Health Minister Terrence Deyalsingh today called on members of the public to take their elderly loved ones out of homes and also suggested that new guidelines are coming for caregivers, as part of the fight against the novel coronavirus Covid-19.
At the time of the press conference, Trinidad and Tobago had 101 positive cases after 728 tests, with six deaths and one discharge.
Deyalsingh said the Ministry of Health will publish guidelines next week, to be adhered to by the country’s 169 registered homes—and hopefully the unregistered ones as well—which care for between 3,000 to 6,000 elderly people.
He used this morning’s virtual press conference to hint at some of the expected recommendations, including an end to visiting hours and new measures at the homes, such as social distancing of patients, the use of masks and disposable gloves, daily journals of the health of long-stay patients and the careful monitoring of employees for signs of the virus.
“As of today, we are advising that all these homes stop visiting by friends [and] relatives; [so] you should not allow anyone to come into your homes,” said Deyalsingh. “[…] We are asking that the caregivers in these homes wear masks and gloves—not to protect themselves necessarily but to protect those that they are taking care of—and use disposable gloves and dispose them as you move from person to person, so you do not transfer the virus.
“[…] We are asking friends and relatives, wherever possible, to take these people out of that environment and put them into your own home, to lessen the chance of spread.”
Deyalsingh was, arguably, less clear when asked by a journalist, on behalf of fishermen, whether the ban on the use of beaches applied to their trade.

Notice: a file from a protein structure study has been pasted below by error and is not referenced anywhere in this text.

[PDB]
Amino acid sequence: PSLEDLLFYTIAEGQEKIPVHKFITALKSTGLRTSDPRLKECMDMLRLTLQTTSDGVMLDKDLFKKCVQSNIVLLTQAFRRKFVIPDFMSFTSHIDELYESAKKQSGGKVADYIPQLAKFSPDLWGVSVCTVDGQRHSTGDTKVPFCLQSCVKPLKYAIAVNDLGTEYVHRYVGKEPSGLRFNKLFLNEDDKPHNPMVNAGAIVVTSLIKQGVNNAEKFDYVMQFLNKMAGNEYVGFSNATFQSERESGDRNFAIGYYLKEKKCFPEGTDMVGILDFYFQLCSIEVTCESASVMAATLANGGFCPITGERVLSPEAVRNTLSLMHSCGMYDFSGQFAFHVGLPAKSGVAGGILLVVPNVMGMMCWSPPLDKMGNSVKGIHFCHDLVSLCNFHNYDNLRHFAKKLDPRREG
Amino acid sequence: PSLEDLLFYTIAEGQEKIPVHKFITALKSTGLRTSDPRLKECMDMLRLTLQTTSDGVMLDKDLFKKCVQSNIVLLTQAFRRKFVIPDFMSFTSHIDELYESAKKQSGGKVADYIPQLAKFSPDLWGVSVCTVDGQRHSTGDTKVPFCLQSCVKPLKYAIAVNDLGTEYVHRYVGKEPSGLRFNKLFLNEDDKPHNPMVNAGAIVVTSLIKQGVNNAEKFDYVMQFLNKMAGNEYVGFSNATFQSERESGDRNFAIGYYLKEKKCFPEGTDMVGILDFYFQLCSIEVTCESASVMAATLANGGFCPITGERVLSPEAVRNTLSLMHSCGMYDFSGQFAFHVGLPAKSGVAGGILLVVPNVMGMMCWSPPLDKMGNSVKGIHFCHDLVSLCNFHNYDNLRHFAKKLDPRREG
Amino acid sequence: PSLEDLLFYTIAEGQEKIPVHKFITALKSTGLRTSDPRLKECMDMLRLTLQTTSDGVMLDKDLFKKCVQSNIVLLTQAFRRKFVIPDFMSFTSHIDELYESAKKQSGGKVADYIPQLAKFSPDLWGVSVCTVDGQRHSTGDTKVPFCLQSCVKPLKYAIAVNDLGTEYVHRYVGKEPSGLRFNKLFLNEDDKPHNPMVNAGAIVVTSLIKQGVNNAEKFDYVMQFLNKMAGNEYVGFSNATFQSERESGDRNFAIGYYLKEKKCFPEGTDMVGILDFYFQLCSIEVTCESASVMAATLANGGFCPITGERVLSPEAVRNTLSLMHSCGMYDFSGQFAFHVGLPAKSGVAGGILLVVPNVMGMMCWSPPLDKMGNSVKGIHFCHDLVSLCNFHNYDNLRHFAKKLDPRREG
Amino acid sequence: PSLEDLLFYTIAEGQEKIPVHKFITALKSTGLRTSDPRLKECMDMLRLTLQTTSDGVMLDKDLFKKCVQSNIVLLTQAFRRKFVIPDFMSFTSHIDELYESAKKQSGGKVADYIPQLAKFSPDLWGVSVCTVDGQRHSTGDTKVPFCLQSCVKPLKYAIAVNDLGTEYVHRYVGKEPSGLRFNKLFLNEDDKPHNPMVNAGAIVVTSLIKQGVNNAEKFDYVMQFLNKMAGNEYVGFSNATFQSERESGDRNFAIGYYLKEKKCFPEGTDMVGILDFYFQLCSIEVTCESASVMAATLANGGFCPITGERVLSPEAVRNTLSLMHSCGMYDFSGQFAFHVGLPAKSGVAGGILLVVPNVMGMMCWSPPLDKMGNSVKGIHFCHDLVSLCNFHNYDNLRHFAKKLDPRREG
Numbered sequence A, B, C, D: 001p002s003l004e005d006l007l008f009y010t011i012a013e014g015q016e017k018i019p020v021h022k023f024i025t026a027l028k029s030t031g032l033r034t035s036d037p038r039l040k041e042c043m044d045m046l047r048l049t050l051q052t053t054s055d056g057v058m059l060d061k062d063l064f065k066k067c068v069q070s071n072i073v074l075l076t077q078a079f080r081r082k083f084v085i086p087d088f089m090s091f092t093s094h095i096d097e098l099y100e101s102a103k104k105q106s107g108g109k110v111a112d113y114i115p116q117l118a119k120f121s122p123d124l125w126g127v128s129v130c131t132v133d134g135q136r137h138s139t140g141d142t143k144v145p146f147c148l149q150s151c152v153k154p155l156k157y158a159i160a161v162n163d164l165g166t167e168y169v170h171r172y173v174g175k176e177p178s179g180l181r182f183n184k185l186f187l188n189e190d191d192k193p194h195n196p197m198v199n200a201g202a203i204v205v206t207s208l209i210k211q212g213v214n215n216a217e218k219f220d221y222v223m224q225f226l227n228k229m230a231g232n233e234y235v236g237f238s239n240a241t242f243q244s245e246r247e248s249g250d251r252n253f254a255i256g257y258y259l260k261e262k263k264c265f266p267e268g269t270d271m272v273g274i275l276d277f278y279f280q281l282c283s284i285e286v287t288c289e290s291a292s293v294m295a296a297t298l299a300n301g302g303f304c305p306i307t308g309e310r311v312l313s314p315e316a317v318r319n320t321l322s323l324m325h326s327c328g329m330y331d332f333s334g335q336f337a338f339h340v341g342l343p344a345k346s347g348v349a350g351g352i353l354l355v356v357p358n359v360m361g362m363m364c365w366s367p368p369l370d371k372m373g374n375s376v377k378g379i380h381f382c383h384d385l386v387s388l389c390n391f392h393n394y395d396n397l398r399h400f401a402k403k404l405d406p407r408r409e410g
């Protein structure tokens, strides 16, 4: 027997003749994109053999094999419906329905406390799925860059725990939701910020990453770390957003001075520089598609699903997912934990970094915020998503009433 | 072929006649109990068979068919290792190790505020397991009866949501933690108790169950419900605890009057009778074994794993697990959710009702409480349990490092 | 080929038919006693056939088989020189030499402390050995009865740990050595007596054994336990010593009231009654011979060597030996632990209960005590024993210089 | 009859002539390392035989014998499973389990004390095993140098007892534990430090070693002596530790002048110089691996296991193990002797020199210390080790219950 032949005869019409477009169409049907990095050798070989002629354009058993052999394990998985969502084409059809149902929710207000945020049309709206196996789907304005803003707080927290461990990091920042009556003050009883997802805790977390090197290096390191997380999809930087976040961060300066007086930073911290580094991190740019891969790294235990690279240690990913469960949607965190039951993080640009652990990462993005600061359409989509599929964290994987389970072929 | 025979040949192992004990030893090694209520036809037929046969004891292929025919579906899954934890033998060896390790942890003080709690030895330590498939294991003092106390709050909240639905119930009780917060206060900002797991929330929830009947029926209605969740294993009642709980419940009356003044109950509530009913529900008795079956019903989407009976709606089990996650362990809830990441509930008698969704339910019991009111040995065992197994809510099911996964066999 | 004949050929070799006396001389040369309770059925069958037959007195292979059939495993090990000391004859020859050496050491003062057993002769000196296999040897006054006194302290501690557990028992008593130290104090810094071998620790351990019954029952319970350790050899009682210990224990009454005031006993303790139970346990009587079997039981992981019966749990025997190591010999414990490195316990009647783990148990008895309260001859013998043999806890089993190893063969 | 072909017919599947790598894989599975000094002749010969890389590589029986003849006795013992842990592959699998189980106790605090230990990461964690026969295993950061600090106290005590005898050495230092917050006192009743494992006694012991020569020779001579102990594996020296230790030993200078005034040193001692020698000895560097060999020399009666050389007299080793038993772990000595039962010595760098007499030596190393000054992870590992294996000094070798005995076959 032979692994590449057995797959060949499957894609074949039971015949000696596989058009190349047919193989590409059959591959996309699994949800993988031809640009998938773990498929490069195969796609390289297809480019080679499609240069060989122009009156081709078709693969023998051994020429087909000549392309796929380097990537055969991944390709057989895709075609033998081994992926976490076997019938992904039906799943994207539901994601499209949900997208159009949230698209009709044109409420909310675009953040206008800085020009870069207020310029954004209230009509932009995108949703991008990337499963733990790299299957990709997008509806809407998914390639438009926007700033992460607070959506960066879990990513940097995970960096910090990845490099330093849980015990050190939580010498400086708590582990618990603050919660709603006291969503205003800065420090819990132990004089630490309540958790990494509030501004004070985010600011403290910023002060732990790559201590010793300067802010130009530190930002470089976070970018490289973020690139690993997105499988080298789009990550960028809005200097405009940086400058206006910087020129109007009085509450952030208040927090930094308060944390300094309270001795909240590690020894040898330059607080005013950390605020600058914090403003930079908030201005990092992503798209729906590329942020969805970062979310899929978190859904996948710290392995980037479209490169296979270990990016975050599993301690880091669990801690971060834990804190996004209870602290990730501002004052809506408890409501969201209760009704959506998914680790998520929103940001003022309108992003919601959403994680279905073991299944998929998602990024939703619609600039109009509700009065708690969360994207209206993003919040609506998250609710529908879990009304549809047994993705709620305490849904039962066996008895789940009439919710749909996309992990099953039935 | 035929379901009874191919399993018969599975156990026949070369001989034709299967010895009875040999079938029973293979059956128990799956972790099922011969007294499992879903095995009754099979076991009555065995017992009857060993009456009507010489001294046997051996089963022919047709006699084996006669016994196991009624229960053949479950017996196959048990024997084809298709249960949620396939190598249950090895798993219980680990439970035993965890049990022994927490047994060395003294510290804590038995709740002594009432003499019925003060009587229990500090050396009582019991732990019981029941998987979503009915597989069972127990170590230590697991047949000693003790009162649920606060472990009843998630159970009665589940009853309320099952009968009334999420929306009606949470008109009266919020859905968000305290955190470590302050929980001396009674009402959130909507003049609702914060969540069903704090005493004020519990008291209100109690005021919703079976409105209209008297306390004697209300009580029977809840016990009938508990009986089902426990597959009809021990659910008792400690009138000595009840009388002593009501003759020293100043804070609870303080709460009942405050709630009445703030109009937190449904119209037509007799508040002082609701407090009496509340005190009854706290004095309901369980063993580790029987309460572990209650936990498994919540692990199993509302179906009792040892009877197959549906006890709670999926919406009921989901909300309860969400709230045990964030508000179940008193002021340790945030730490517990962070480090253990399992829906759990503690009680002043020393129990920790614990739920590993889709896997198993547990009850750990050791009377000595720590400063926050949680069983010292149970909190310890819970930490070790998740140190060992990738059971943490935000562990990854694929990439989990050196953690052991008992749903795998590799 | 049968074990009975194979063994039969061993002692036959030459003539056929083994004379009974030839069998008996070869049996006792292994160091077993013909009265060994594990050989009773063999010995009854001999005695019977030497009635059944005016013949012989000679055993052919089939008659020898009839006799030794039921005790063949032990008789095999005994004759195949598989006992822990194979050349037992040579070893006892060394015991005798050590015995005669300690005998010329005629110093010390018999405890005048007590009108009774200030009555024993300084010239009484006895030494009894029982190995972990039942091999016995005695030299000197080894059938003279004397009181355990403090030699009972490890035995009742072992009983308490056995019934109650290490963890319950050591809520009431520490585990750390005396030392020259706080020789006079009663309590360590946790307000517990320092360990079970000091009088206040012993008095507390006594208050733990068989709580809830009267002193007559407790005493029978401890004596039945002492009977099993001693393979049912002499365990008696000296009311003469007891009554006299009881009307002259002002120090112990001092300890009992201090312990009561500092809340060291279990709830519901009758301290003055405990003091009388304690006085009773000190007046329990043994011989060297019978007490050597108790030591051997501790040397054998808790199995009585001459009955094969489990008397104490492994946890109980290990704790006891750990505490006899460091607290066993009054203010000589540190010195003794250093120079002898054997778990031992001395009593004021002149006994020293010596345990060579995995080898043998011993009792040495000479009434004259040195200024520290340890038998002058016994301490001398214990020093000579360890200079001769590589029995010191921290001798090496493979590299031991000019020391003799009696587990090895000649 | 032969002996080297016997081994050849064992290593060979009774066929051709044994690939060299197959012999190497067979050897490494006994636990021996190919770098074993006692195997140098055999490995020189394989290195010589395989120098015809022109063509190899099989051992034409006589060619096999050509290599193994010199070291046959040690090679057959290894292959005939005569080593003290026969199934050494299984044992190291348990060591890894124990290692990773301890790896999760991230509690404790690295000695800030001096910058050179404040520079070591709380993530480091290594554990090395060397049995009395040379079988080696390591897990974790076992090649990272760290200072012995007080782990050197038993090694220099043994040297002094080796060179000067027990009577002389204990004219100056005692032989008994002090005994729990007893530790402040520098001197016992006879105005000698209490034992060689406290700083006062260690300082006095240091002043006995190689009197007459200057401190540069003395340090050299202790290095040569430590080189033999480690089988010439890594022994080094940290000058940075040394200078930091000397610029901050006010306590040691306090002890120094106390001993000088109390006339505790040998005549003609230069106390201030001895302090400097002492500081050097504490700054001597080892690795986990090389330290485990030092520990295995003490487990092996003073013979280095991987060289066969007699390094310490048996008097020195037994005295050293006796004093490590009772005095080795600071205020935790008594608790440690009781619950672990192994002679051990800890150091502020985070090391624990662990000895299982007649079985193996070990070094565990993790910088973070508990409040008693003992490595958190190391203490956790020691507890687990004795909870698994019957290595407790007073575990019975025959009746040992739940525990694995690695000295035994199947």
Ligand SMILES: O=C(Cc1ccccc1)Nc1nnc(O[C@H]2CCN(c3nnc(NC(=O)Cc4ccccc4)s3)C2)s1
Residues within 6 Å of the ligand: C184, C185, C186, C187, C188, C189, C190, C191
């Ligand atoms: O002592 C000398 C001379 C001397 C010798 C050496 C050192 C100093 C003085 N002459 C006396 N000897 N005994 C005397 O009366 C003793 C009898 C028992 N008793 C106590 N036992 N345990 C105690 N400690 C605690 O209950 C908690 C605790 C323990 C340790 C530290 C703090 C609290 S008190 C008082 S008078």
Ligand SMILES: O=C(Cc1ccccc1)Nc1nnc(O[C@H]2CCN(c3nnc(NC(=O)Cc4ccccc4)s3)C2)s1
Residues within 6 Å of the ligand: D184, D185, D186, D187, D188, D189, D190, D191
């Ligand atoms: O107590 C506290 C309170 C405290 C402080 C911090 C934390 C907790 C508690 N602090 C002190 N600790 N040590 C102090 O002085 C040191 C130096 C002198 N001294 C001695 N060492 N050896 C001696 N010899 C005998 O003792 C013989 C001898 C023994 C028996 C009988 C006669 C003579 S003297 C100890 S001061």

“The general rule is, as the prime minister has said and the national security minister has said and the attorney general, let us not rely on the force of law and the police,” said Deyalsingh. “We are asking everyone as a community not to go out in the public domain—that is the general rule. It is difficult or impossible to legislate for every single activity or every single possibility.
“We are in the midst of a global pandemic where 61,000 people have died; every measure that the government has put in place is a combination of legislation via regulations. But, most importantly, we are using moral suasion.
“So everyone, fishermen [and] everyone, if you don’t have to be in the public, please for your own good: stay home. We understand and empathise that some are going to be financially affected. That is unfortunate. But we are trying to save lives at this point in time.”
Deyalsingh appeared to suggest that fishermen and the fruits of their labour are not an essential service. How can fast food and roadside fruit stalls be protected by the law but not fish?
In fact, the Public Health (Novel Coronavirus 2019) Regulations mentions the fishing industry on three occasions in subsection 3(ag)(ii)(E) ‘fishery labour needed to produce our food supply domestically’; (G) ‘Fishermen’ and (P) ‘workers engaged in the supply of… fish.’
Deyalsingh signed the regulations into law on 2 April 2020. Unless he meant for the fishermen to fish without access to the sea, he appeared to have forgotten their inclusion in the ordinance.
Wired868 asked three questions at the press conference: